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Panoramic photo by Dave Hughes EXPERT Taken 11:05, 26/04/2009 - Views loading...

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Hadlow Road Restored Train Station Willaston Wirral England

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Hadlow Road railway station was a station on the single track Hooton to West Kirby branch of the Birkenhead Railway, on the Wirral England. The station served the village of Willaston.

The Birkenhead Railway, owned jointly by the Great Western Railway (GWR) and London and North Western Railway (LNWR), opened a branch line from Hooton to Parkgate on 1 October 1866, which included a station at Willaston. An extension to West Kirby was completed twenty years later.

The main station building is on the eastbound platform towards Hooton, whereas a smaller waiting shelter stands on the westbound platform towards West Kirby. At the western end of both platforms was a level crossing with rather large gates; this was due to the angle at which the road crossed the railway lines.

Hadlow Road railway station closed to passengers on 17 September 1956. The track continued to be used for freight transportation and driver training for another six years, closing on 7 May 1962. The tracks were lifted two years later.

The route became the Wirral Way footpath and part of Wirral Country Park in 1973, which was the first such designated site in Britain. All of the station (excluding the westbound platform) has been preserved to give an authentic 1950s look and a short section of track has been relaid in front of the eastbound platform. The station is a Grade II listed building and is one of two visitor centres on the Wirral Way, with the other at Thurstaston.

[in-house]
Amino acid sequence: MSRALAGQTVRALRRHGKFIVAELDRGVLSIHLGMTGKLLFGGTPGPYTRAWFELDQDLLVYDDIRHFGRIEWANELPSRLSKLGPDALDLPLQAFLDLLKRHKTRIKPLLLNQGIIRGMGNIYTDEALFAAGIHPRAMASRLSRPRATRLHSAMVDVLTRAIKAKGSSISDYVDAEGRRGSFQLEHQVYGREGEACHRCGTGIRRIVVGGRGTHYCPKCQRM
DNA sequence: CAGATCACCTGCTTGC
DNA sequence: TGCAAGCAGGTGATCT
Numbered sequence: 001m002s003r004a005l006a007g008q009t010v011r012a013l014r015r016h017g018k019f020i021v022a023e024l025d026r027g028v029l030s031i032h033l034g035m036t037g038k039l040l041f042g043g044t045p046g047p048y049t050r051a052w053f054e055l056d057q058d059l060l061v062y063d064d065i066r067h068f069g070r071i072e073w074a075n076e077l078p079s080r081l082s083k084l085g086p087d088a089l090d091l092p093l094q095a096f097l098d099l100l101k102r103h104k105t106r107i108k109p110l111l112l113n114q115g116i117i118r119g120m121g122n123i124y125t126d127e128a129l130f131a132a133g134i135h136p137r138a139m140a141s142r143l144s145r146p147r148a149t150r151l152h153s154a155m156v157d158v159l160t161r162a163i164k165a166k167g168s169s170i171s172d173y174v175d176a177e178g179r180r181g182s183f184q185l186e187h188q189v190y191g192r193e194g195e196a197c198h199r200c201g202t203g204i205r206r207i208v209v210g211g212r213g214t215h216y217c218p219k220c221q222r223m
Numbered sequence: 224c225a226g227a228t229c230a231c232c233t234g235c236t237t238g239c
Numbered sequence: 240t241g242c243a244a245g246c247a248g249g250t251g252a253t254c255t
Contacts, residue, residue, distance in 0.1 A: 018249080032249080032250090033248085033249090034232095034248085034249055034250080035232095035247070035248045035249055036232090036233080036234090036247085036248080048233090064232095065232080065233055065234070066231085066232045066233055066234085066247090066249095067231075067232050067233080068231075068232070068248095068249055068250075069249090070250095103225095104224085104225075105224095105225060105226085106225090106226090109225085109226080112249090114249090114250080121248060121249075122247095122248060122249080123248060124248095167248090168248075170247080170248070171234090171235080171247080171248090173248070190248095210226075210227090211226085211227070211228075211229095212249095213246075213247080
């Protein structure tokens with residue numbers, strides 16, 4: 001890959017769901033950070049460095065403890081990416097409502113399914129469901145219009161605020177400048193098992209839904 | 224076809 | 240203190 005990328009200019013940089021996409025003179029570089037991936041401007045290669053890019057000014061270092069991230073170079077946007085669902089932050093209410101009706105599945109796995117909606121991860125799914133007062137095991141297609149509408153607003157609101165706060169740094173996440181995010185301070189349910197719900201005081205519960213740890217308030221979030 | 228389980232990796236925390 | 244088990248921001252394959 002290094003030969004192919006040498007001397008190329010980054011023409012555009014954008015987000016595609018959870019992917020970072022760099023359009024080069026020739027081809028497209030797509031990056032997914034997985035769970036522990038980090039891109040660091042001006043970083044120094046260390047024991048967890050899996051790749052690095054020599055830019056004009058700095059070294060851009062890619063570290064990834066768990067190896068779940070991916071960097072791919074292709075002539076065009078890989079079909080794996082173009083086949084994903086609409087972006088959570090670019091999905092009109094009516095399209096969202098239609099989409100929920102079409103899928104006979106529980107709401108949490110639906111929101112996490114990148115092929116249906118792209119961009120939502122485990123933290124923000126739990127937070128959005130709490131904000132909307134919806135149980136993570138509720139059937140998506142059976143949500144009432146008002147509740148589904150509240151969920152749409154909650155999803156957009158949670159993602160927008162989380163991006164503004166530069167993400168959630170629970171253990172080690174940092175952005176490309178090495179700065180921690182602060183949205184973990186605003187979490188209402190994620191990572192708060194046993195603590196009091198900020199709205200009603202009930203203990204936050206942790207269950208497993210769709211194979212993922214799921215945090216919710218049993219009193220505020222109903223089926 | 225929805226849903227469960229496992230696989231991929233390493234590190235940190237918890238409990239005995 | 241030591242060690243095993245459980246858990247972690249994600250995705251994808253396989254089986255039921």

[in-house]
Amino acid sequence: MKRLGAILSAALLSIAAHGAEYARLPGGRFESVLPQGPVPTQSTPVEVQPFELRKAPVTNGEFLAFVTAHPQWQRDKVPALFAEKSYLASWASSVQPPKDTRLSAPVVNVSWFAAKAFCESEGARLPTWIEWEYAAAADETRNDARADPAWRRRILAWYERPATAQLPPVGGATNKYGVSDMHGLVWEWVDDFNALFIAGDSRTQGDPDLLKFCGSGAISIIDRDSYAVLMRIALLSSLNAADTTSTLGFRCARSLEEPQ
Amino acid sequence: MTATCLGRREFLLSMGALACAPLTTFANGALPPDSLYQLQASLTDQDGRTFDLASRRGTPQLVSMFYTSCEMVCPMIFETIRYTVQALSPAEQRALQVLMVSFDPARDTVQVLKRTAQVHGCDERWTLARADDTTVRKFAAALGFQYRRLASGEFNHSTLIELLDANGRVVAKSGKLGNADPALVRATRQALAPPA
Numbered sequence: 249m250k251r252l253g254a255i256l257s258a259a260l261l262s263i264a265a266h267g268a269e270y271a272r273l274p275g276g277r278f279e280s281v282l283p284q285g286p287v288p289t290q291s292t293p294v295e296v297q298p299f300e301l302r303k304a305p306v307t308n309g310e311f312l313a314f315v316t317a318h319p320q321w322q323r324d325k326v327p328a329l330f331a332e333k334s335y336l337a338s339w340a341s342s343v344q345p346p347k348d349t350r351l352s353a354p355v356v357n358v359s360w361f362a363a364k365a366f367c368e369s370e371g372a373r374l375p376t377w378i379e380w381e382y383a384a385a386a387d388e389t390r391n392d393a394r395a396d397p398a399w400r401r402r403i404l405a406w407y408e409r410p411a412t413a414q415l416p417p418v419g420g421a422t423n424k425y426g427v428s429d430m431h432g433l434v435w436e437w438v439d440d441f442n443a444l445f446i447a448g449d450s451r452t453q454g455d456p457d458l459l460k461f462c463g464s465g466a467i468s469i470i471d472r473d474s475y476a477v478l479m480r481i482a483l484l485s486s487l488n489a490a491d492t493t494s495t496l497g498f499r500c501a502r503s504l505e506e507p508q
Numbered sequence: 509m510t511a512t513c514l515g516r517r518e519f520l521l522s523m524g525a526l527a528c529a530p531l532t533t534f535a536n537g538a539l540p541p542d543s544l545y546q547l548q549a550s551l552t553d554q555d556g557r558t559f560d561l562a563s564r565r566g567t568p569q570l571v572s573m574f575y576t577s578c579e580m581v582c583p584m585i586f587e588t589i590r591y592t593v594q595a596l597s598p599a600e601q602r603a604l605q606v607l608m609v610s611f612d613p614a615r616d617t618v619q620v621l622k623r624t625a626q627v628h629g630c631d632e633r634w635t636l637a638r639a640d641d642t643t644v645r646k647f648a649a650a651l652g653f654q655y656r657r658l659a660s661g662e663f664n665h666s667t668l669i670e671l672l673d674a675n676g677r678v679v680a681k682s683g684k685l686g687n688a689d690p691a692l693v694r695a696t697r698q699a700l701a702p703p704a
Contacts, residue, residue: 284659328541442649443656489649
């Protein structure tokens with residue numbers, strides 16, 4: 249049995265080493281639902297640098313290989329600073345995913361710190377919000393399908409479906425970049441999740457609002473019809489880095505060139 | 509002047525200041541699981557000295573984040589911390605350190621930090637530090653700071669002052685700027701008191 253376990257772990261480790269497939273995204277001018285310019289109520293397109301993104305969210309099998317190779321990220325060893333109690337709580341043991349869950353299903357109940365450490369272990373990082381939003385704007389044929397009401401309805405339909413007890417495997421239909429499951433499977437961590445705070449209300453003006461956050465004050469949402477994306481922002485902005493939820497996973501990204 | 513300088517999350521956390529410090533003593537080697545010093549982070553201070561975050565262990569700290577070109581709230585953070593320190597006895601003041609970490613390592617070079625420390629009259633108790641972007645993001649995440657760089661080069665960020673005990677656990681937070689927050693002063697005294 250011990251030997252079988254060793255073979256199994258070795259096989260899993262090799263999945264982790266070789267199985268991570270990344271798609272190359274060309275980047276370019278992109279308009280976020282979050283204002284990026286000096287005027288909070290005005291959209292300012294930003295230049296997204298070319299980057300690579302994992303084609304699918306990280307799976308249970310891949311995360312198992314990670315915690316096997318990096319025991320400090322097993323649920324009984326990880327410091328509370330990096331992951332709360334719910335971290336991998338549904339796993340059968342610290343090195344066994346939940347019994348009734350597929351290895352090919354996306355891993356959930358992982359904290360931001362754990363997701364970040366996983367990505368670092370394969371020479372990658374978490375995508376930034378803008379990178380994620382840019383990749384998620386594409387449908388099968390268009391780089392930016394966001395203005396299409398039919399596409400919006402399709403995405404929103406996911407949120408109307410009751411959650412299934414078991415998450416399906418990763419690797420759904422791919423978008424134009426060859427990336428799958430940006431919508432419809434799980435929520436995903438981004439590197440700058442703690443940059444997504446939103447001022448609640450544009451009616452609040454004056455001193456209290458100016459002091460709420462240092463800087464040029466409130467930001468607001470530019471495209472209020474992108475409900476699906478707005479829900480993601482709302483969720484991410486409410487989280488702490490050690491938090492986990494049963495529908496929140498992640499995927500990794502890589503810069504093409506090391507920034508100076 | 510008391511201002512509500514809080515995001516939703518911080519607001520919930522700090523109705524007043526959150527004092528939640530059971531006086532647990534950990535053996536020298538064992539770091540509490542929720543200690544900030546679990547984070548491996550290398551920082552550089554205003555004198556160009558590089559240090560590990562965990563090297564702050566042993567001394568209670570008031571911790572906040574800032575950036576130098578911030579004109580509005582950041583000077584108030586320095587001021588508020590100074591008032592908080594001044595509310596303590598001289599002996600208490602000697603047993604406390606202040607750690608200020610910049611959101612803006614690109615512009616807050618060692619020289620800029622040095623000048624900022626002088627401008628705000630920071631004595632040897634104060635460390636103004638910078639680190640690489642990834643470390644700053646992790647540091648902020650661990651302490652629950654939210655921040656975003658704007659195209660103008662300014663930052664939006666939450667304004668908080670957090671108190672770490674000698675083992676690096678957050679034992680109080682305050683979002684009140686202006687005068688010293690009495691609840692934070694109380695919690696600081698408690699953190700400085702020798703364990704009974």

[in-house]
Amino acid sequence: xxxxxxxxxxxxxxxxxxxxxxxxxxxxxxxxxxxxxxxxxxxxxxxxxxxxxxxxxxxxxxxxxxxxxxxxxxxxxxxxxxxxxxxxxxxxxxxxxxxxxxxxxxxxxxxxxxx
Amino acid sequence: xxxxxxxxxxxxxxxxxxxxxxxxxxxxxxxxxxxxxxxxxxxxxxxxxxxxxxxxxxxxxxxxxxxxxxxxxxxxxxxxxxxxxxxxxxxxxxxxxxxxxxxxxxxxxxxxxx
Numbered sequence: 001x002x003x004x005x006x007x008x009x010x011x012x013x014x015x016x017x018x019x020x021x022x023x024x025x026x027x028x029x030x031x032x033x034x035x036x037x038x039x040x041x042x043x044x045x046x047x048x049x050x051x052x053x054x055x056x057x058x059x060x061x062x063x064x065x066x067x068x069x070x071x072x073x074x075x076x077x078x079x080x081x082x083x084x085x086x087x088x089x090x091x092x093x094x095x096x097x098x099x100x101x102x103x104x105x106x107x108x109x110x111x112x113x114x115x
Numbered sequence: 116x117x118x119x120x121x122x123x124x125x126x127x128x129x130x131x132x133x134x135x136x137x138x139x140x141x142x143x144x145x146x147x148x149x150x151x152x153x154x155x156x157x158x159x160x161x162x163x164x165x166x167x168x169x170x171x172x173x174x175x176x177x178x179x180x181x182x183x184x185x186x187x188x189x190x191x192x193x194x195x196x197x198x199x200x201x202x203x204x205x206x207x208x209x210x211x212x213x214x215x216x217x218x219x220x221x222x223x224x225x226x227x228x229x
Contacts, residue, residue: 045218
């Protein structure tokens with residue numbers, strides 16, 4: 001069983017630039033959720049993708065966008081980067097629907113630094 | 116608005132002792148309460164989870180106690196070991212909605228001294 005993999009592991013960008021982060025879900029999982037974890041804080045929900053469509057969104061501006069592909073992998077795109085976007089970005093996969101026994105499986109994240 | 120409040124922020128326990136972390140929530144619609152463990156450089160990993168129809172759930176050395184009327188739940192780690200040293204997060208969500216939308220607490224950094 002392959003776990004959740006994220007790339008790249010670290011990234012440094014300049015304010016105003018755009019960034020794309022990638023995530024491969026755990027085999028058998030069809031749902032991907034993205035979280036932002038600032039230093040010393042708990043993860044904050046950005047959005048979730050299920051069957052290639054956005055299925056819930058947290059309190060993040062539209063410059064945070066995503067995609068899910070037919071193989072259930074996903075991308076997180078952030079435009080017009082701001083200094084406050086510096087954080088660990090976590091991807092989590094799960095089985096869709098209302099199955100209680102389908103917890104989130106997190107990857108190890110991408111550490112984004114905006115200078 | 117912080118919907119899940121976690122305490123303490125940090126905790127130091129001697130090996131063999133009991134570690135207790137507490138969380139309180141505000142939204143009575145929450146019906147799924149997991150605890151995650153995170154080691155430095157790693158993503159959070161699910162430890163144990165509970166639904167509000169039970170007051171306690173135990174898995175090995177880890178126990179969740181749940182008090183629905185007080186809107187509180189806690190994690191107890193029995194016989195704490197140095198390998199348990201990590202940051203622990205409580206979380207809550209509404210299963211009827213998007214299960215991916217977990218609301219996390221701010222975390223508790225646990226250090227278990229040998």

For more information and virtual tours of Willaston please visit www.Wirral360.com and click on the Willaston Link.

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This panorama was taken in England, Europe

This is an overview of Europe

Europe is generally agreed to be the birthplace of western culture, including such legendary innovations as the democratic nation-state, football and tomato sauce.

The word Europe comes from the Greek goddess Europa, who was kidnapped by Zeus and plunked down on the island of Crete. Europa gradually changed from referring to mainland Greece until it extended finally to include Norway and Russia.

Don't be confused that Europe is called a continent without looking like an island, the way the other continents do. It's okay. The Ural mountains have steadily been there to divide Europe from Asia for the last 250 million years. Russia technically inhabits "Eurasia".

Europe is presently uniting into one political and economic zone with a common currency called the Euro. The European Union originated in 1993 and is now composed of 27 member states. Its headquarters is in Brussels, Belgium.

Do not confuse the EU with the Council of Europe, which has 47 member states and dates to 1949. These two bodies share the same flag, national anthem, and mission of integrating Europe. The headquarters of the Council are located in Strasbourg, France, and it is most famous for its European Court of Human Rights.

In spite of these two bodies, there is still no single Constitution or set of laws applying to all the countries of Europe. Debate rages over the role of the EU in regards to national sovereignty. As of January 2009, the Lisbon Treaty is the closest thing to a European Constitution, yet it has not been approved by all the EU states. 

Text by Steve Smith.

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